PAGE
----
The director of the White House Office of Management and Budget is accusing President-elect Joe Biden and his aides of lying about obstruction during the presidential transition — saying that, in fact, there have been 45 meetings since late November.

Biden on Monday accused the budget office of putting up “roadblocks” to the transition, but outgoing OMB Director Russ Vought says in a Thursday letter to Biden transition co-chairman Ted Kaufman that the claim is untrue.

“I am writing to correct several false statements that members of the Biden Transition Team (BTT) are continuing to make regarding the Office of Management and Budget’s (OMB) cooperation with your team,” Vought writes in a letter seen exclusively by The Post.

“We have taken more than 45 meetings with your staff to discuss specific issues, operational questions, and more. It is appropriate for OMB to share information about ongoing programs so the BTT can use it to develop its own policies. We have provided all information requested from OMB about ongoing programs.”

Sources tell The Post that they surmise the Biden transition office wants to begin calling the shots before Biden takes office on Jan. 20, and that they believe Biden may be accusing OMB of obstruction to lay the groundwork to blame the officials for any bumps after taking office, including with the COVID-19 pandemic.

Biden and his aides also say Defense Department officials are not cooperating fully.

“We’ve encountered roadblocks from the political leadership in the Department of Defense and the Office of Management and Budget. Right now, we just aren’t getting all the information that we need from the outgoing administration in key national security areas,” Biden said at a Monday press conference in Wilmington, Delaware.

“It’s nothing short, in my view, of irresponsibility,” Biden said.

Derek Kan testifies before the United States Senate Committee on the Budget.
Derek Kan testifies before the United States Senate Committee on the Budget.
ZUMAPRESS.com

On Wednesday, Johannes Abraham, the transition’s executive director, echoed Biden, telling reporters, “OMB leadership’s refusal to fully cooperate impairs our ability to identify opportunities to maximize the relief going out to Americans during the pandemic, and it leaves us in the dark as it relates to Covid-related expenditures and critical gaps.”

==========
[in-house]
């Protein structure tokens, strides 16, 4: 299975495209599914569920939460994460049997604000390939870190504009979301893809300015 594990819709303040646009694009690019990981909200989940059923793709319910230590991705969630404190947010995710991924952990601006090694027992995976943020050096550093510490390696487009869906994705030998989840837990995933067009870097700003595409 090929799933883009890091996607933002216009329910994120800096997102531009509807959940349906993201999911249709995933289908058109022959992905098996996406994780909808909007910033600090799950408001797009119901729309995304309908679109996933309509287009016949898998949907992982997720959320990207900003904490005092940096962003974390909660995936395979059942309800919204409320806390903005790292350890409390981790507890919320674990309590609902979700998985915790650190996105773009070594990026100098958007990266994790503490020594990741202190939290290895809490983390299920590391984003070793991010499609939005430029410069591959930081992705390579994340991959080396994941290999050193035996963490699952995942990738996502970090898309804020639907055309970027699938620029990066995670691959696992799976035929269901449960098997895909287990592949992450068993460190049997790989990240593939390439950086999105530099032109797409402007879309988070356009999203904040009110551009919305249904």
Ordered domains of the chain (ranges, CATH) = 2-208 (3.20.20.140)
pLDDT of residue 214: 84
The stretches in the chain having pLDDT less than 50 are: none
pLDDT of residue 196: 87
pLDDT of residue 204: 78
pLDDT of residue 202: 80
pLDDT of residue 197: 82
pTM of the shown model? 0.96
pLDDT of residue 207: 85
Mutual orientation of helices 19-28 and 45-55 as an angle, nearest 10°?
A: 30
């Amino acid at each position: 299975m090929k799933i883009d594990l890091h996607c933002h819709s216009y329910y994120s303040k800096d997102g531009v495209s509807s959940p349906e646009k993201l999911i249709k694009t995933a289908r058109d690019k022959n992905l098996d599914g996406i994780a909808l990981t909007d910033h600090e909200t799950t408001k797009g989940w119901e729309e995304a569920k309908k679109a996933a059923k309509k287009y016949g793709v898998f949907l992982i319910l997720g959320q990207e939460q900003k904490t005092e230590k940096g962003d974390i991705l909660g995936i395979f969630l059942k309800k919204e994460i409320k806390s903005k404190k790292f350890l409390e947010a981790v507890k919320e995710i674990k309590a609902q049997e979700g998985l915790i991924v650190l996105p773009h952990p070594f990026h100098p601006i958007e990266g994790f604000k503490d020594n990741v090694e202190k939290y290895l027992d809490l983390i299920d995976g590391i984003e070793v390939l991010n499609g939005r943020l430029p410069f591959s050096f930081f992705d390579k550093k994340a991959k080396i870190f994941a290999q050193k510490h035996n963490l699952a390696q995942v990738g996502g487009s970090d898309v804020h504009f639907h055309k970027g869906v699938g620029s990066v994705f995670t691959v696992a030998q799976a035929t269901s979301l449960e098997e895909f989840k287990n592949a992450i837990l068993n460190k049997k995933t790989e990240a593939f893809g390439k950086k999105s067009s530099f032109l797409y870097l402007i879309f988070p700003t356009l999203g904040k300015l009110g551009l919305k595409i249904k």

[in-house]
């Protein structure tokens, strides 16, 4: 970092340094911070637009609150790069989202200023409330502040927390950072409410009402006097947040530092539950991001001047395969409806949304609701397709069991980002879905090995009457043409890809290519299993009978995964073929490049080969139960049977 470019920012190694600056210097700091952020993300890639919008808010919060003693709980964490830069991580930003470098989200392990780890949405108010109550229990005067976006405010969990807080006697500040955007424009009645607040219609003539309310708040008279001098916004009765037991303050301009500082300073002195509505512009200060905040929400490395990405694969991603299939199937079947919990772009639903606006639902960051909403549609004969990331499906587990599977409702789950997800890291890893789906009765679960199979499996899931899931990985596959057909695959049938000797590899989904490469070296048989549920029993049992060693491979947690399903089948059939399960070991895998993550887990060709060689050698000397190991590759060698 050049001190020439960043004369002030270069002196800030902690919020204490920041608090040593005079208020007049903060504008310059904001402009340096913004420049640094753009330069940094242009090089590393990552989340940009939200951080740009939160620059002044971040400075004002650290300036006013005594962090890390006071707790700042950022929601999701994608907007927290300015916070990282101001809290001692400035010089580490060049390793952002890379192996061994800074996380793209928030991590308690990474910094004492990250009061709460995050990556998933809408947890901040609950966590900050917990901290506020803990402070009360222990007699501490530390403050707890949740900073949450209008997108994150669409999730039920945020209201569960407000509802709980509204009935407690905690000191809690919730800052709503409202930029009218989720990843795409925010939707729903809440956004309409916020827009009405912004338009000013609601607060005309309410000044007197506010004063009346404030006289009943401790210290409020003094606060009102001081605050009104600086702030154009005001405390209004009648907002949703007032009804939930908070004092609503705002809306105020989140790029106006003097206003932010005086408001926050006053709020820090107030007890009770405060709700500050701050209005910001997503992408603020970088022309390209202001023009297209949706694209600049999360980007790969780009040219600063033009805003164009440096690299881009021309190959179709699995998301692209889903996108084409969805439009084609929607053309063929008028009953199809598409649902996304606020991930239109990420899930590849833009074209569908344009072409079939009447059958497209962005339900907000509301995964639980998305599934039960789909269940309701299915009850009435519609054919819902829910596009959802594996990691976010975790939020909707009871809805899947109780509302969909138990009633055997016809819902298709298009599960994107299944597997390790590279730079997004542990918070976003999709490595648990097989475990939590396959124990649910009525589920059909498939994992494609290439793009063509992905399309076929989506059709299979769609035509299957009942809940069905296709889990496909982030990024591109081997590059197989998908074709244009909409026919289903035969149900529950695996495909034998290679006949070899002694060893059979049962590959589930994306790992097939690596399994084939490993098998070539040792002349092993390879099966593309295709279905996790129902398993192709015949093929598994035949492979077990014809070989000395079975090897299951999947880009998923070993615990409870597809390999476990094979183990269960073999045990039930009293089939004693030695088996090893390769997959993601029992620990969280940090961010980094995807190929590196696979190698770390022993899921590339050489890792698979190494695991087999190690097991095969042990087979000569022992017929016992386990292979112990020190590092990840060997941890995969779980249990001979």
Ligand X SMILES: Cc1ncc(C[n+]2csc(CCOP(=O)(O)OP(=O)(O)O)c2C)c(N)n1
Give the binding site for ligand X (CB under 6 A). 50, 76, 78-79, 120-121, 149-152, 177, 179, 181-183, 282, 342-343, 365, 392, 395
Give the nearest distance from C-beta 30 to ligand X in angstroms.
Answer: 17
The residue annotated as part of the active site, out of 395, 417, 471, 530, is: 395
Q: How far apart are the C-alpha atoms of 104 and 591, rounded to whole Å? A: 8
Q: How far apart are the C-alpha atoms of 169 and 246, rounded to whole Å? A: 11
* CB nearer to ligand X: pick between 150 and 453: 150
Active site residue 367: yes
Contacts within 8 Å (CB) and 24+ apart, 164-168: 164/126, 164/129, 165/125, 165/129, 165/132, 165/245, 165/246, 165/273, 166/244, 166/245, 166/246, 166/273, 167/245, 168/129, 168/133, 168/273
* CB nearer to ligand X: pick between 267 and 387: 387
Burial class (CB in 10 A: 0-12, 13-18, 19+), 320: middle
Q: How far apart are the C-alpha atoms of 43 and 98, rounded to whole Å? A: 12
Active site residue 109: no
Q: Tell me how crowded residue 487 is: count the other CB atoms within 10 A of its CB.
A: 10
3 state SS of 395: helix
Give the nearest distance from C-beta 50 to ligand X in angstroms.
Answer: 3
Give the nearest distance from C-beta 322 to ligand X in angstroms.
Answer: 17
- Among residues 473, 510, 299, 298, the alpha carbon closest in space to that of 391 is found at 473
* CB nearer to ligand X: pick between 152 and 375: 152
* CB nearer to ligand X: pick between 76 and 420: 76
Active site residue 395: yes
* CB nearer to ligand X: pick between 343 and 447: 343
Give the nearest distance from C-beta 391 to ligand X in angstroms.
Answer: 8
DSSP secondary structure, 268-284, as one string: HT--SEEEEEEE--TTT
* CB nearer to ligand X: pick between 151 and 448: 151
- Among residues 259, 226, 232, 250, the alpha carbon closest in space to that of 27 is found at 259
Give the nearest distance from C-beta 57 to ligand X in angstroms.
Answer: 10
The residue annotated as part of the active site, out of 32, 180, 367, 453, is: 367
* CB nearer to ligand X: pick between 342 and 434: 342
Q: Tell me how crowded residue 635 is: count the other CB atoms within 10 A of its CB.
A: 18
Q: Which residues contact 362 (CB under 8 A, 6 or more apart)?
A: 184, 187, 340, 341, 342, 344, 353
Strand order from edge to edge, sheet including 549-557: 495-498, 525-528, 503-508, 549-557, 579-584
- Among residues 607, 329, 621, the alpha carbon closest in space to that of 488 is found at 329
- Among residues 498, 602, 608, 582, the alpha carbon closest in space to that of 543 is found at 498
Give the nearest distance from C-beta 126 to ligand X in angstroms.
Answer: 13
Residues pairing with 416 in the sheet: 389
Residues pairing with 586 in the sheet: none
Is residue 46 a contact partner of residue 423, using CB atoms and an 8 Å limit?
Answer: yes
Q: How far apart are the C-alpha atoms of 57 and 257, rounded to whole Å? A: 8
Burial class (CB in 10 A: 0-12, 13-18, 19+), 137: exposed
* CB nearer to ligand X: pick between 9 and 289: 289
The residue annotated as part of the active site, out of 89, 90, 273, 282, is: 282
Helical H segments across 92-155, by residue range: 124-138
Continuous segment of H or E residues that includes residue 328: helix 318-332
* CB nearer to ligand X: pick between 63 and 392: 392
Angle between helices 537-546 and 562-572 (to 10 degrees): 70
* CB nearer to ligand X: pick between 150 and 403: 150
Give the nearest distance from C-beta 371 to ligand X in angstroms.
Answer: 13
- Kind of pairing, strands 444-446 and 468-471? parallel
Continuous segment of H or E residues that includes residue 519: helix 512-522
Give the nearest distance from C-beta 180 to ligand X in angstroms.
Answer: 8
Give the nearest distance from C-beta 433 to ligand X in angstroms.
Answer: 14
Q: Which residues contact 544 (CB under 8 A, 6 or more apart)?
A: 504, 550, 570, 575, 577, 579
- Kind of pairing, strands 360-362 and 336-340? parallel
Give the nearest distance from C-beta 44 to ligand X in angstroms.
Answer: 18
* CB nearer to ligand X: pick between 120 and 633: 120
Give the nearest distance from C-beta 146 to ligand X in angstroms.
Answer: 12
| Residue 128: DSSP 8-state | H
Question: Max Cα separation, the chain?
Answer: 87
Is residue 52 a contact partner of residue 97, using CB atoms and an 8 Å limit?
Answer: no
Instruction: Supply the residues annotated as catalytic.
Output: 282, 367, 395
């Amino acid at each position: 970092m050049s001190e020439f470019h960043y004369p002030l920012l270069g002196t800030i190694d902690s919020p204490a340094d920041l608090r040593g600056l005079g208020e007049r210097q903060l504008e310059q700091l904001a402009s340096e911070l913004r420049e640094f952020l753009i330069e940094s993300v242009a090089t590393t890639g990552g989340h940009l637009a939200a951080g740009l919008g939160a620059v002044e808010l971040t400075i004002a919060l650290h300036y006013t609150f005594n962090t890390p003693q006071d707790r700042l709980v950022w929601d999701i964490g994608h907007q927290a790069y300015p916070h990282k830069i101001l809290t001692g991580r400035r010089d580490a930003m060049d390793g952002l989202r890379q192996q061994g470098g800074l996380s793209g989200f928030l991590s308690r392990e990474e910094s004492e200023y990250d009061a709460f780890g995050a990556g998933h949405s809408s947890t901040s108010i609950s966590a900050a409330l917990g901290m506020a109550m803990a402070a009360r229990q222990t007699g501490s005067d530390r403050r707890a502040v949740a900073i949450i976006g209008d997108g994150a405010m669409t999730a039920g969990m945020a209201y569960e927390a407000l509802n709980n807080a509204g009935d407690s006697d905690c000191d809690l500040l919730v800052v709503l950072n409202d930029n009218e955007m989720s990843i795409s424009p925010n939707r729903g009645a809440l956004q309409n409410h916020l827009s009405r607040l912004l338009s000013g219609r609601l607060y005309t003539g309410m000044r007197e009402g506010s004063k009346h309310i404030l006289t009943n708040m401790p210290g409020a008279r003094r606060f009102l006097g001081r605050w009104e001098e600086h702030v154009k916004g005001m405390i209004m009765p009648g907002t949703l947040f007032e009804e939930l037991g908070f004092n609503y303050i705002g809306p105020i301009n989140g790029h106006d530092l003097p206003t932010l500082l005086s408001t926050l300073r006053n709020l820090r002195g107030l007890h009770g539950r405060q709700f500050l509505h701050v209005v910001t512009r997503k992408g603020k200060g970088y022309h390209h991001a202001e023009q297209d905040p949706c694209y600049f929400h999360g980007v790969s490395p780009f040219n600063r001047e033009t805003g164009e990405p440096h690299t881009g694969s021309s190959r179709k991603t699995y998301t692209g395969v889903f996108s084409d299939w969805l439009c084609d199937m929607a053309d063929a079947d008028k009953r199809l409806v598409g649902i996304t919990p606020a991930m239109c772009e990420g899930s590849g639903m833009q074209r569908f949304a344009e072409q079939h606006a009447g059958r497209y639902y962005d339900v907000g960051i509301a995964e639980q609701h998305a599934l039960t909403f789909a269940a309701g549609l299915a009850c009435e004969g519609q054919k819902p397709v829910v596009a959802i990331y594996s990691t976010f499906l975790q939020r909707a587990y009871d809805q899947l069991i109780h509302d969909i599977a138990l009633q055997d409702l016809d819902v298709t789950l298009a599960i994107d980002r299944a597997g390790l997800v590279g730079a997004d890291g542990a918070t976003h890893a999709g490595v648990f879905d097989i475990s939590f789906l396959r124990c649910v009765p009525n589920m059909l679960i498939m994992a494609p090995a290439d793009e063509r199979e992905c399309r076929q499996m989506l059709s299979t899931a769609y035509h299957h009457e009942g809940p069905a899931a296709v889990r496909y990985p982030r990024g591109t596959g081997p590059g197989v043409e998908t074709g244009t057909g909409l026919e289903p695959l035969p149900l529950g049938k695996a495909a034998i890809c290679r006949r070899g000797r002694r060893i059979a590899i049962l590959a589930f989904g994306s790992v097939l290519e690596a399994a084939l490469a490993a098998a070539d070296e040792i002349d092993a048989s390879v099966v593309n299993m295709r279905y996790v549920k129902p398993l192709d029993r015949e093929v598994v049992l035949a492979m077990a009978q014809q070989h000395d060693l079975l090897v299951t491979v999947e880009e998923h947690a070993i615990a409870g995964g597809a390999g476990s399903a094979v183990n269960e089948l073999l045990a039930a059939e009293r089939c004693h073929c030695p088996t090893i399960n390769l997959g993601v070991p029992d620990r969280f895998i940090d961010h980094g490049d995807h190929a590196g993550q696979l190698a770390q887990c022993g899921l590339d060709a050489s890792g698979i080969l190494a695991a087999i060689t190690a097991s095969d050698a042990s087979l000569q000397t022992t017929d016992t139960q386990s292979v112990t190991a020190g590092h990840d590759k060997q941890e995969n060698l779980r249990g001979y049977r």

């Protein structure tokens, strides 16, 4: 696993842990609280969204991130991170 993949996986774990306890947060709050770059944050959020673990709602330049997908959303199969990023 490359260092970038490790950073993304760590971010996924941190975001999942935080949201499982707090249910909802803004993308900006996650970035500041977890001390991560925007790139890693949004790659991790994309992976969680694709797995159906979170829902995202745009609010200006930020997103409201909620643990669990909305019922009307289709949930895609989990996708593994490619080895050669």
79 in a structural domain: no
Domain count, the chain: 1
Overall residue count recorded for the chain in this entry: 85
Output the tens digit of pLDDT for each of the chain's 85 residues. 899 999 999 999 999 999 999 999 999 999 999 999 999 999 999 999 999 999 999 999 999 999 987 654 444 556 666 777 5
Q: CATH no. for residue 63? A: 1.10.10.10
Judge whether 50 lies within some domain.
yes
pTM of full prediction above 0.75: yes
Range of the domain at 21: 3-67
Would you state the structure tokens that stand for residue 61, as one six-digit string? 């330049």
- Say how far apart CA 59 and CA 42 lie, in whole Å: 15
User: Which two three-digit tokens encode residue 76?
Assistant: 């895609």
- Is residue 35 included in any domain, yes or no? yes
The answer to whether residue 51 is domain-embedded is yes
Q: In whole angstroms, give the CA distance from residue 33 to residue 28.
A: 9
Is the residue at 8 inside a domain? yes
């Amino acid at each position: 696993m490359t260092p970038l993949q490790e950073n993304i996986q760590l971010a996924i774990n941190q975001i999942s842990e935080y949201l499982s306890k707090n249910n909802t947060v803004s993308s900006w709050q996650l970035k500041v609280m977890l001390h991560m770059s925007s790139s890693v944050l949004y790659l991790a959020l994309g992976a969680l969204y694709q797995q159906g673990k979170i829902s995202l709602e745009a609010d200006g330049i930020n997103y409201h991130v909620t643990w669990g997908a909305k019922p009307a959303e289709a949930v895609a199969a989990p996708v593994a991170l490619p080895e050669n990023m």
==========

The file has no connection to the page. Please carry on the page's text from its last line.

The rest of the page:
But Vought said that the budget office, which controls spending across the federal government, has been giving full access to necessary information.

“To your specific criticisms with respect to COVID, as you are aware, your team has
been briefed by OMB, as well as the relevant agencies, on Operation Warp Speed and other COVID-relief efforts, including the various funding streams in use for these efforts,” Vought writes.

“Furthermore, there is record of your team accessing these critical documents just last week.”

Bloomberg News reported Thursday that Biden transition officials are particularly perturbed that career budget office staff are unable to assist in preparing Biden’s first budget proposal to Congress, due in February.

Vought added: “As the record shows, OMB has fully participated in appropriate transition efforts. What we have not done and will not do is use current OMB staff to write the BTT’s legislative policy proposals to dismantle this Administration’s work. OMB staff are working on this Administration’s policies and will do so until this Administration’s final day in office. Redirecting staff and resources to draft your team’s budget proposals is not an OMB transition responsibility.”

Vought wrote that his office signed off on use of $9.9 million in federal transition funds on Nov. 23 after the General Services Administration ascertained that Biden was the president-elect.

But Vought writes to Kaufman, “Our system of government has one President and one Administration at a time. OMB will not participate in developing policies that will weaken border security, dismantle the President’s deregulatory successes, and draft budgets that will bankrupt America.”

The Biden transition office did not immediately respond to The Post’s request for comment.

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